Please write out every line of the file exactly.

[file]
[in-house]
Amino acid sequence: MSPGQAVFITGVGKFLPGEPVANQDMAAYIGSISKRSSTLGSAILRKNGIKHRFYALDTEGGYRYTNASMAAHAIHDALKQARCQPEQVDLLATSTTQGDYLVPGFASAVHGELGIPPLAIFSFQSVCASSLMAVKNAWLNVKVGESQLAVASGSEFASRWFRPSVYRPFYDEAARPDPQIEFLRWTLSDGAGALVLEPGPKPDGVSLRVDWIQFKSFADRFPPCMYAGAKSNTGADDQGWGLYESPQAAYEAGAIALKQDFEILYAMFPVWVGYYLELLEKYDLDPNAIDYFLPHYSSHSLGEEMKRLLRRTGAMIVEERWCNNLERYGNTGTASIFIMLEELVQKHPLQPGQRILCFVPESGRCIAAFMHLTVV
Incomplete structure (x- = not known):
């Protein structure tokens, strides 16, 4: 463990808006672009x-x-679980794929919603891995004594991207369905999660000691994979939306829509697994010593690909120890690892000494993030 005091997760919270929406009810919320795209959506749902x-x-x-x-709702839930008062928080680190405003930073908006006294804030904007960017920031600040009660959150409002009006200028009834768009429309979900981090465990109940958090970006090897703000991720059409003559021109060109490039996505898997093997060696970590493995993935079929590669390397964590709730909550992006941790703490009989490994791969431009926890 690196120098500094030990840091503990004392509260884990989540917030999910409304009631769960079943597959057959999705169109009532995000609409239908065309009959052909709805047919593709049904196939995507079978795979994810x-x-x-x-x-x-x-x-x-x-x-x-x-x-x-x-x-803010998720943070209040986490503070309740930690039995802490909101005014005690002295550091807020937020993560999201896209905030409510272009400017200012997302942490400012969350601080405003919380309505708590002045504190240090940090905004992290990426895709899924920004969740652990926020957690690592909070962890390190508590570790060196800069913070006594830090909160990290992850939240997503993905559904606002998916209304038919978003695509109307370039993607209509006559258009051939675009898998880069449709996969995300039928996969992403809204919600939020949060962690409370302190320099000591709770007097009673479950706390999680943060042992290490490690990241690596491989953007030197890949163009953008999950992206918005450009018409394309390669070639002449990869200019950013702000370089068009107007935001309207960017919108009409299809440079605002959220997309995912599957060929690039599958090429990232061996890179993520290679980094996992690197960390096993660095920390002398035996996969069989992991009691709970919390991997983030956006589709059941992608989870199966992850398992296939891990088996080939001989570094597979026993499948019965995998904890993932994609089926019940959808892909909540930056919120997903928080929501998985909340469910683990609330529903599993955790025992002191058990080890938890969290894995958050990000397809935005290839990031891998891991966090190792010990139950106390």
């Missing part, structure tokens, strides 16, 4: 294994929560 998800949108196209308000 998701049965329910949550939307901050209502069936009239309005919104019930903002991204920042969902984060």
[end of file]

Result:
[in-house]
Amino acid sequence: MSPGQAVFITGVGKFLPGEPVANQDMAAYIGSISKRSSTLGSAILRKNGIKHRFYALDTEGGYRYTNASMAAHAIHDALKQARCQPEQVDLLATSTTQGDYLVPGFASAVHGELGIPPLAIFSFQSVCASSLMAVKNAWLNVKVGESQLAVASGSEFASRWFRPSVYRPFYDEAARPDPQIEFLRWTLSDGAGALVLEPGPKPDGVSLRVDWIQFKSFADRFPPCMYAGAKSNTGADDQGWGLYESPQAAYEAGAIALKQDFEILYAMFPVWVGYYLELLEKYDLDPNAIDYFLPHYSSHSLGEEMKRLLRRTGAMIVEERWCNNLERYGNTGTASIFIMLEELVQKHPLQPGQRILCFVPESGRCIAAFMHLTVV
Incomplete structure (x- = not known):
């Protein structure tokens, strides 16, 4: 463990808006672009x-x-679980794929919603891995004594991207369905999660000691994979939306829509697994010593690909120890690892000494993030 005091997760919270929406009810919320795209959506749902x-x-x-x-709702839930008062928080680190405003930073908006006294804030904007960017920031600040009660959150409002009006200028009834768009429309979900981090465990109940958090970006090897703000991720059409003559021109060109490039996505898997093997060696970590493995993935079929590669390397964590709730909550992006941790703490009989490994791969431009926890 690196120098500094030990840091503990004392509260884990989540917030999910409304009631769960079943597959057959999705169109009532995000609409239908065309009959052909709805047919593709049904196939995507079978795979994810x-x-x-x-x-x-x-x-x-x-x-x-x-x-x-x-x-803010998720943070209040986490503070309740930690039995802490909101005014005690002295550091807020937020993560999201896209905030409510272009400017200012997302942490400012969350601080405003919380309505708590002045504190240090940090905004992290990426895709899924920004969740652990926020957690690592909070962890390190508590570790060196800069913070006594830090909160990290992850939240997503993905559904606002998916209304038919978003695509109307370039993607209509006559258009051939675009898998880069449709996969995300039928996969992403809204919600939020949060962690409370302190320099000591709770007097009673479950706390999680943060042992290490490690990241690596491989953007030197890949163009953008999950992206918005450009018409394309390669070639002449990869200019950013702000370089068009107007935001309207960017919108009409299809440079605002959220997309995912599957060929690039599958090429990232061996890179993520290679980094996992690197960390096993660095920390002398035996996969069989992991009691709970919390991997983030956006589709059941992608989870199966992850398992296939891990088996080939001989570094597979026993499948019965995998904890993932994609089926019940959808892909909540930056919120997903928080929501998985909340469910683990609330529903599993955790025992002191058990080890938890969290894995958050990000397809935005290839990031891998891991966090190792010990139950106390």
């Missing part, structure tokens, strides 16, 4: 294994929560 998800949108196209308000 998701049965329910949550939307901050209502069936009239309005919104019930903002991204920042969902984060």